The Ada-A Model for Europe with "Sharper Teeth"?

By Rasnic, Carol Daugherty | Labor Law Journal, Spring 2005 | Go to article overview

The Ada-A Model for Europe with "Sharper Teeth"?


Rasnic, Carol Daugherty, Labor Law Journal


...I wish...for the passionate sense of the potential, for the eye which... sees the possible....

Soren Kierkegaard, 19th century Danish philosopher

Kierkegaard's wish might be regarded s a prescient view of a new European legal emphasis on persons with disabilities as human subjects rather than as objects, persons who have the potential and the possibilities to contribute to marketplace productivity. Lawyers who represent clients engaging in business in Europe, particularly clients actually establishing European branches, keeping current on work setting discrimination laws is critical. Two major European Commission (EC) Directives announced in 2000 fundamentally expand anti-discrimination protections for workers.

The first, the so-called Race Directive,1 is the broader of the two in one respect, since it applies across the spectrum. That is, its provisions address not only employment discrimination, but also discrimination in other areas, such as housing, transportation, and education.

The second, the Framework Directive,- although limited to employment law, protects workers from discrimination based upon religion or belief, disability, age and/or sexual orientation. (Prior EC Directives have prohibited discrimination based on sex.3) The year 2003 was the European Year of the Disabled, probably a direct response to this second mandate from the EC. Unarguably, revisions to workplace discrimination laws for persons with disabilities are now on the agenda of domestic legislation in all European Union countries.

This article focuses on developments in the area of discrimination on the ground of disability. It is not a discourse on the Americans with Disabilities Act, and reference is made to that statute only in a comparative sense. The EC has looked to the American statute as a beginning point, and its relevance when analysing the responses to the directive cannot be over-estimated.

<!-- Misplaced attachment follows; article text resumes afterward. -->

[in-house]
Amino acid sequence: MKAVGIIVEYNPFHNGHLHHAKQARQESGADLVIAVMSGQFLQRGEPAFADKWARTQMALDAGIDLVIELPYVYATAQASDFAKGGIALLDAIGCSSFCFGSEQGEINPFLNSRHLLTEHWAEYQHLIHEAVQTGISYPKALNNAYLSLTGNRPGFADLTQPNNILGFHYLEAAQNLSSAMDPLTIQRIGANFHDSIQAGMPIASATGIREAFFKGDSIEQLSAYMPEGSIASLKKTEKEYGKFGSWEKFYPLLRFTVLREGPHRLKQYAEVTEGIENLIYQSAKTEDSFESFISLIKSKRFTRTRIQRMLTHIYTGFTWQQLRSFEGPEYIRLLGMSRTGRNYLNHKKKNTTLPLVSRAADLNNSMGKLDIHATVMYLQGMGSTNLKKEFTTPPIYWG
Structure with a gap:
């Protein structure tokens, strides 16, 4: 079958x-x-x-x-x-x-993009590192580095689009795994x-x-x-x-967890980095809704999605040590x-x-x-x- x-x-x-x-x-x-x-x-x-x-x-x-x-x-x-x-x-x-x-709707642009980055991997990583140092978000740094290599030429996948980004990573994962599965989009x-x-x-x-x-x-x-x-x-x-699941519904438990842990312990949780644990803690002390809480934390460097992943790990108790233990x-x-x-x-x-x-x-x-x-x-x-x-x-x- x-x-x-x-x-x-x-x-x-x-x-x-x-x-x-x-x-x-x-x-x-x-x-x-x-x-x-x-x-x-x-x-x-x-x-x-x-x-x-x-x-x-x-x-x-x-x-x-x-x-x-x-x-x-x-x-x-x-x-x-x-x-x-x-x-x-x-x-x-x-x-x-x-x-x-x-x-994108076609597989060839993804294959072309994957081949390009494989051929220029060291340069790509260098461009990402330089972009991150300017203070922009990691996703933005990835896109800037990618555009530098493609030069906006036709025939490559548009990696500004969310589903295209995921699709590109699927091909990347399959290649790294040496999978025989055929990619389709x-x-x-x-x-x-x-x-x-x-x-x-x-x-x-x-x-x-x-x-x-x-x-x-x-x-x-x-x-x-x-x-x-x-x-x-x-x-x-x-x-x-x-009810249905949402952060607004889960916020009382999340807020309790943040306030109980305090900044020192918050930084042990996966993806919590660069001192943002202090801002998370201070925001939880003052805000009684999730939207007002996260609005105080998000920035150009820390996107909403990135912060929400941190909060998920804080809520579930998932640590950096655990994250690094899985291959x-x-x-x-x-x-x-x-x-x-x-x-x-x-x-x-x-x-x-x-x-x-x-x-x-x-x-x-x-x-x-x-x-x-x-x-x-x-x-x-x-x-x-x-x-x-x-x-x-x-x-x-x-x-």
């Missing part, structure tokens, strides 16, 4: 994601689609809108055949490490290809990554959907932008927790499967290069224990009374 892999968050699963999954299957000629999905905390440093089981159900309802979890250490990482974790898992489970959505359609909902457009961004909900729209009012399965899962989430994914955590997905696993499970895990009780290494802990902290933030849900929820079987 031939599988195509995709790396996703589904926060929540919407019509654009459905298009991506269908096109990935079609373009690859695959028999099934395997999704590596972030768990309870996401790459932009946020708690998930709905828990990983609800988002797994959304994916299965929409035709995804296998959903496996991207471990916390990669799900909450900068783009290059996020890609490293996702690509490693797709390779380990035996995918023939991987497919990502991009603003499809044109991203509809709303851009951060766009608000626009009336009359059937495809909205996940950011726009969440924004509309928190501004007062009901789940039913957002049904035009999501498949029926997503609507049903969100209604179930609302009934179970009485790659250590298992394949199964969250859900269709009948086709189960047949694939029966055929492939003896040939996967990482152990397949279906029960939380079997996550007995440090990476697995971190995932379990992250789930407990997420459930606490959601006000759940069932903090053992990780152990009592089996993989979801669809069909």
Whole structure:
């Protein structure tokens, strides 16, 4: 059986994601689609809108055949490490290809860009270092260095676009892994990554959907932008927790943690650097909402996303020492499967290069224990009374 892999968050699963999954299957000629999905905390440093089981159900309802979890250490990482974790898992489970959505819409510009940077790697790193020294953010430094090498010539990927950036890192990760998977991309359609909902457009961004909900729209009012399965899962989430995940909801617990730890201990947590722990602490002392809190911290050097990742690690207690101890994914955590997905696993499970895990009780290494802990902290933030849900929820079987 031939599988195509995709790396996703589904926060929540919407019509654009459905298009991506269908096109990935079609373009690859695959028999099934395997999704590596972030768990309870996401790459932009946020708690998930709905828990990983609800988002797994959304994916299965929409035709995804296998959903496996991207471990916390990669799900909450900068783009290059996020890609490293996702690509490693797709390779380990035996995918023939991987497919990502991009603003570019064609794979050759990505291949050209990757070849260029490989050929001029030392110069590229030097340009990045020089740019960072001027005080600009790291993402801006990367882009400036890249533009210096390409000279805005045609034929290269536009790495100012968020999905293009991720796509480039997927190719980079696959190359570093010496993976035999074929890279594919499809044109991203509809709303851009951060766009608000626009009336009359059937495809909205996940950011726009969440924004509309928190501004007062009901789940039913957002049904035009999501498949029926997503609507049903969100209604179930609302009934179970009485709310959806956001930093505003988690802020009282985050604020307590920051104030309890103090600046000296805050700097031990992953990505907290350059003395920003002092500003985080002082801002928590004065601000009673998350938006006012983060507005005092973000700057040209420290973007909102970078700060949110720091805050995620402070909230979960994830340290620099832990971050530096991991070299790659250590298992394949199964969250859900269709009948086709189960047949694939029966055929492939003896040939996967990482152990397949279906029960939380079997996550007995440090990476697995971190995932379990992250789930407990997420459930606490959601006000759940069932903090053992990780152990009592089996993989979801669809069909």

SOME EUROPEAN LAW BASICS

There is frequent confusion among Americans with regard to the terms "European Community" or EC (originally "European Communities") and "European Union." Some legal professionals wrongly believe the KC to be defunct and the EU to be the only correct term. "European Union" is the goal pronounced in the Single Europe Act of 1987, but the European Communities is the collective body with law-making powers. Thus, one might speak of "EU law," designating law applicable to those countries in the European Union, or "EC law," the more official term that refers to the actual source of law. The EU, then, is a geographical entity, whereas, "EC" is the reference to the body that adopts and enforces laws.

The EC directive has no counterpart in American jurisprudence. It is a mandate from the EC that states an intended result. The means by which each member state attains this result via the enactment of domestic law is left to the individual member state. The other primary form of European legislation is the regulation, which is immediately effective in all member states without any necessity for domestic law. As a practical matter, the directive has been much more frequently used.

Currently, the adoption of a European Constitution is a topic of considerable controversy, although approval of the draft was actually anticipated for early 2004. The purpose of the 1999 Cologne Council was to draft a Charter and Constitution, and the dilemma of how a country, once admitted to the EU, might later withdraw has finally been addressed in Article 59, Title IX, of the draft. This Charter is incorporated into the proposed constitution as Part II of that document. (The draft was published in 2003.)